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My father was driving the car. It was summertime. My sister and I were thrown out of the car. She had an instant brain aneurysm. We had been in Houston, vacationing. I landed in a fire ant bed. We prayed in the hotel room, orienting ourselves toward the direction of the Kabah. I had argued with her about who would lie down on the long dusty blue seat of the 1984 Suburban and who would lie on the floor beneath it. I had won the seat. Neither one of us wore seatbelts. My father crawled over to me where the bones of my right arm were twisted above me. It was dusk. “I think Tangia is dead,” he said. I don’t know where my mother was. My sister was seven years old. A stranger brought ice to place beneath my back to discourage the ants away.

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I finished reading the entire Qur’an from cover to cover by the time I was seven years old. My parents threw a party to celebrate the khatam, and invited the entire Islamic community of west Texas. My mother made milky rice pudding flavored with rosewater. There is a picture of me and my father sitting on the old blue couch in what we called the family room: I’m wearing a blue and red salwaar kameez, and my father is wearing a white panjabi and crocheted skullcap. He has his arm around me. Both of us are grinning. I was both pleased and embarrassed to have accomplished something monumental, something worth his pride. I could read Arabic script flawlessly without knowing the meaning of a single word.

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Kafir, and its plural kafirun, is directly used 134 times in the Qur’an. Its verbal noun kufr is used 37 times, and the verbal cognates of kafir are used about 250 times. These numbers, just like what I know of the car accident in which my sister died, are facts. They don’t describe the look in my mother’s eyes when she sees girls who are approximately seven years old. They don’t describe how the word kafir does not change meaning over the course of the Qur’an, but rather accumulates in meaning over time. They don’t describe my father needing two back surgeries because he has to work himself to distraction in his garden. Facts and numbers don’t describe the manifestation of Kufrul-Inkaar, for example, which is disbelief out of denial, practiced by someone who denies with both heart and tongue. “I think Tangia is dead,” my father had said. “No,” I replied.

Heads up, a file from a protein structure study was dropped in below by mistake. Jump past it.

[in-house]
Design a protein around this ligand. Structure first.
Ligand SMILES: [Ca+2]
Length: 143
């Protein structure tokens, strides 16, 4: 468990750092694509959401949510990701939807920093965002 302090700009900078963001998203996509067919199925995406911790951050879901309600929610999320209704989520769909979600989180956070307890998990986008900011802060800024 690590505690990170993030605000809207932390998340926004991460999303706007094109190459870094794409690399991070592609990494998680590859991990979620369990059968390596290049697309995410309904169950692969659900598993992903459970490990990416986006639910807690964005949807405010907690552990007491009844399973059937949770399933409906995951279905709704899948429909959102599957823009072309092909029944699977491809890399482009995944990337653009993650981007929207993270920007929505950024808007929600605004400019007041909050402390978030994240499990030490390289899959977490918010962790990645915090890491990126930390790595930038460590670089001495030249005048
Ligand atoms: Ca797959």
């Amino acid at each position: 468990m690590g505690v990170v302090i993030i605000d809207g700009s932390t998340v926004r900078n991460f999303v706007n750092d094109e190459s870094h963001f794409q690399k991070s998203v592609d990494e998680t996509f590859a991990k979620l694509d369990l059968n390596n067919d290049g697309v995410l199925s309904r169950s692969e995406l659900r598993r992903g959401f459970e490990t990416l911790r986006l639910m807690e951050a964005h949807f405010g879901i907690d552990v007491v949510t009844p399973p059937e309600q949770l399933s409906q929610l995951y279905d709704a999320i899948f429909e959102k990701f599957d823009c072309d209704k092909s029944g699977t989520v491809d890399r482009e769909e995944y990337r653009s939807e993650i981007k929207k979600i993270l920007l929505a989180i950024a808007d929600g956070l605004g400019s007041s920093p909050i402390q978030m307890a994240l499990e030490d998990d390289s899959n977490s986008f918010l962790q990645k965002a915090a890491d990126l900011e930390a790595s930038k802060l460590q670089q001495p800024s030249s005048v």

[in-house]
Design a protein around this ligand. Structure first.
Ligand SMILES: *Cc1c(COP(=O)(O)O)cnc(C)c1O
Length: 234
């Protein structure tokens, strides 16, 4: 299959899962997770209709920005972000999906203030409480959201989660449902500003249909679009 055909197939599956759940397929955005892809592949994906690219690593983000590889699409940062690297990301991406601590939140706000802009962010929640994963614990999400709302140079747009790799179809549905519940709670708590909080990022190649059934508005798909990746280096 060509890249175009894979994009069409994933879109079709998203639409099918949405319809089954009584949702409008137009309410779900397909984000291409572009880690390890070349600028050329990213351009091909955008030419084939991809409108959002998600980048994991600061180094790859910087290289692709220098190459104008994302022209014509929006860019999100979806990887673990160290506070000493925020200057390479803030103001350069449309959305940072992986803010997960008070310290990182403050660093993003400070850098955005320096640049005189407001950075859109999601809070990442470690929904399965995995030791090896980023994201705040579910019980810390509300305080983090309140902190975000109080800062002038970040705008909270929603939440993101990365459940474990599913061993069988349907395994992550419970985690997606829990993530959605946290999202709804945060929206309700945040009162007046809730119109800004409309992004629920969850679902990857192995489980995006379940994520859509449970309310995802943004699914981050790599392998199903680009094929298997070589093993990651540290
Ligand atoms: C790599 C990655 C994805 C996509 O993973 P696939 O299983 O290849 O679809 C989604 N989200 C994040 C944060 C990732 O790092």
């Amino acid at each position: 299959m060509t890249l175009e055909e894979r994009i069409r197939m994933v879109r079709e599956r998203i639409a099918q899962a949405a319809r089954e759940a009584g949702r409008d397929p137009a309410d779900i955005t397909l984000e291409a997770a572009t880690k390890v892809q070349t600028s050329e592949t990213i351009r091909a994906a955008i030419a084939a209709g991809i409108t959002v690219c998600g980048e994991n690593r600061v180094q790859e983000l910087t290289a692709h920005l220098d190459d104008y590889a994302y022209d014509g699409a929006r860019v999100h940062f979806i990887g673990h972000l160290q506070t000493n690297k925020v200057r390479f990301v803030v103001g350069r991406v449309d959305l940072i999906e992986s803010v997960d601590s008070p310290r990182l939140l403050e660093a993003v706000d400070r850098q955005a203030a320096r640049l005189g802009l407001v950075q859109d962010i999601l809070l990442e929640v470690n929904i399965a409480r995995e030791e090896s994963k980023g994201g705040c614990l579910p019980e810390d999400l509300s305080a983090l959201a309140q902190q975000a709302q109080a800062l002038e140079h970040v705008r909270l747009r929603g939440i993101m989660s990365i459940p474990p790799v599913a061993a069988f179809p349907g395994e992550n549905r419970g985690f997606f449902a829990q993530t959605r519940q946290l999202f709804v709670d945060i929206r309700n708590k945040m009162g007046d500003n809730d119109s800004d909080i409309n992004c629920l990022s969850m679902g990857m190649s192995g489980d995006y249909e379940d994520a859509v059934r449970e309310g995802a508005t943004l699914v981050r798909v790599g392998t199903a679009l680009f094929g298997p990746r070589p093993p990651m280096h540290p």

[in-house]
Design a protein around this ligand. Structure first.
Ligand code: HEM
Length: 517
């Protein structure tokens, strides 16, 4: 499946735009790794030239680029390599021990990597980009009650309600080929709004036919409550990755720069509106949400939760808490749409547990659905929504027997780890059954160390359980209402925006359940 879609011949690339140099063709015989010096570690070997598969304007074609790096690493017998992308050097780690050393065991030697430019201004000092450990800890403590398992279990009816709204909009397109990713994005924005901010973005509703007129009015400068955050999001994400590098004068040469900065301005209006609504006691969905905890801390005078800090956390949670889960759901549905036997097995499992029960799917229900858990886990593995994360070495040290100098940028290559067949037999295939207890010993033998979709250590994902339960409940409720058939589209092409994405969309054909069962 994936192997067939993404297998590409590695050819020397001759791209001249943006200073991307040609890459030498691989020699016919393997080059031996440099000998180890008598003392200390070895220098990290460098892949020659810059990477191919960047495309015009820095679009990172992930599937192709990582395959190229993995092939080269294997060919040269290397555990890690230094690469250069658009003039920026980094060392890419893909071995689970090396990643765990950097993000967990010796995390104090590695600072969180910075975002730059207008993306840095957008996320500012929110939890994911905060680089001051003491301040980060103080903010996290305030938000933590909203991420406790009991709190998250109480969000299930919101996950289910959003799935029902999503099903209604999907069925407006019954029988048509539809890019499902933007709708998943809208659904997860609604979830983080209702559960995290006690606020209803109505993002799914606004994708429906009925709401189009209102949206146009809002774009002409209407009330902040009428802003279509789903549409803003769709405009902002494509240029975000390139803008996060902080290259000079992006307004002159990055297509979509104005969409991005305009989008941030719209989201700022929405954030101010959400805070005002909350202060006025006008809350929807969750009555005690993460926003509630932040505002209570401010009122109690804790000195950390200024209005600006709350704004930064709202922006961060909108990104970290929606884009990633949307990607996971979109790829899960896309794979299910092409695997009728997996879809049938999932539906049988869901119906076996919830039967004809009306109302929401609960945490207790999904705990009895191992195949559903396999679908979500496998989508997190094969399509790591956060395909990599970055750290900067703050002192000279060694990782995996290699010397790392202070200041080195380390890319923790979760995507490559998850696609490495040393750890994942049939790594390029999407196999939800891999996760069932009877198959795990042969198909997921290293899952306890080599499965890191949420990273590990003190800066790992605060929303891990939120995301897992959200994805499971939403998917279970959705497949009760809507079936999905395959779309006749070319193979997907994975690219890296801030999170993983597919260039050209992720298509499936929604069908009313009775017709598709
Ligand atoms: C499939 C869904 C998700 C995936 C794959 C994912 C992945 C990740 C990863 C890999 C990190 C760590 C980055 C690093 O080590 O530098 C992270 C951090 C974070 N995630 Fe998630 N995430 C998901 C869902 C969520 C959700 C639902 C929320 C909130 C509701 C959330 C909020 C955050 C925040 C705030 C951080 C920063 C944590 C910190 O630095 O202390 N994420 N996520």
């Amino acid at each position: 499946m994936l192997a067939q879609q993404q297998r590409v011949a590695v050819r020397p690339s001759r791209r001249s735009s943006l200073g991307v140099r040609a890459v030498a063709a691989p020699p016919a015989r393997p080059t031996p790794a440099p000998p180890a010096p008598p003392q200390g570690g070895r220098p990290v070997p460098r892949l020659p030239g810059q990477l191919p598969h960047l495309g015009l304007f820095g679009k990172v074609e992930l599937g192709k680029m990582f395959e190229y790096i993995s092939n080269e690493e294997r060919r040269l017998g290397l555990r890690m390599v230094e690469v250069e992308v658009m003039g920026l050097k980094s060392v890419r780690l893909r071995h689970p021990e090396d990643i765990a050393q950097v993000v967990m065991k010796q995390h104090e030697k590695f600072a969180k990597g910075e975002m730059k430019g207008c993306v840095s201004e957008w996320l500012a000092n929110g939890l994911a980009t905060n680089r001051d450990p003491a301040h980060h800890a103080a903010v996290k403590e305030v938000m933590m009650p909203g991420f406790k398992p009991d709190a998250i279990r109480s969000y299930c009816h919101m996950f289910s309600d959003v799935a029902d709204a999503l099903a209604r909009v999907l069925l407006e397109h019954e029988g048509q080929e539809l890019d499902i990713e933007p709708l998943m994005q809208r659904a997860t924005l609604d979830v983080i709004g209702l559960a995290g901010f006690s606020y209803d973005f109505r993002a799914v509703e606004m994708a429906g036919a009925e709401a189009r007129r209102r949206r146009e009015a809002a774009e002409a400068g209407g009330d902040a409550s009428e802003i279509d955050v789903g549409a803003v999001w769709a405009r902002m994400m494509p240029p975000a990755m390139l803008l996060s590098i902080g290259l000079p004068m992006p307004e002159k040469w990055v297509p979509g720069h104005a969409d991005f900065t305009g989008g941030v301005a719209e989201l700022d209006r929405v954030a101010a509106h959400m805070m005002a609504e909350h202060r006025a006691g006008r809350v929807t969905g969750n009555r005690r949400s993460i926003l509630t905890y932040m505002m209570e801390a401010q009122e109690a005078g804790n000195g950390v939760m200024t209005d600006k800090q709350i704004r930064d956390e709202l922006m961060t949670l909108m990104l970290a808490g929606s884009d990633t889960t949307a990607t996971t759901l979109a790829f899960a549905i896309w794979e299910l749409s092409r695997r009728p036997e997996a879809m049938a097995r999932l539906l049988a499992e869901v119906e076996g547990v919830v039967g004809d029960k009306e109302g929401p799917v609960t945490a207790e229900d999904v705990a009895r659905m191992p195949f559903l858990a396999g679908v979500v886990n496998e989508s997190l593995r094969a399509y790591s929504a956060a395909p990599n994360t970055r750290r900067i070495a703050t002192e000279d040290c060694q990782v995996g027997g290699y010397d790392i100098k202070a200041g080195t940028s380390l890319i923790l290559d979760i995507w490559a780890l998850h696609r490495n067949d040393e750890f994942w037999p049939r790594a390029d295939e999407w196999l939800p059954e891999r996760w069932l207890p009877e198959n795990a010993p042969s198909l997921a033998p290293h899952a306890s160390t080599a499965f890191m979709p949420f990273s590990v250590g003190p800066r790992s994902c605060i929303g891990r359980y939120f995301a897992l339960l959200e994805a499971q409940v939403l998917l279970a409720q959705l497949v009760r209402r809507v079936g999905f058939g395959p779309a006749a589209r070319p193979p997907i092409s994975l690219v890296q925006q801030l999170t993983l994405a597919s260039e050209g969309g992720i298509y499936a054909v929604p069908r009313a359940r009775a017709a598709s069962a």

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Gionni Ponce (Nonfiction Editor): As writers, we occasionally encounter work that flawlessly accomplishes a difficult task we have set for ourselves. In the past, these moments caused jealousy, frustration, and envy in me. But I’m finally seeing this as an opportunity for study. In “kafir 1” and “kafir 2,” Tarfia Faizullah writes about the death of her younger sister with a delicateness and poise that I’ve aimed for in my own essays centered on the death of my brother. It’s a brief portrait, rooted in the entomology of words, of a family coping with grief. Watch as Faizullah demonstrates her willingness to engage with deeply personal material.

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This piece appeared in Indiana Review 37.2

Tarfia Faizullah is the author of two poetry collections, REGISTERS OF ILLUMINATED VILLAGES (Graywolf, 2018) and SEAM (SIU, 2014). Tarfia’s writing appears widely, is translated into multiple languages, and has been displayed at the Smithsonian, the Rubin Museum of Art, and elsewhere. Born in Brooklyn, NY to Bangladeshi immigrants and raised in Texas, Tarfia currently teaches in the Writing Program at the School of the Art Institute of Chicago.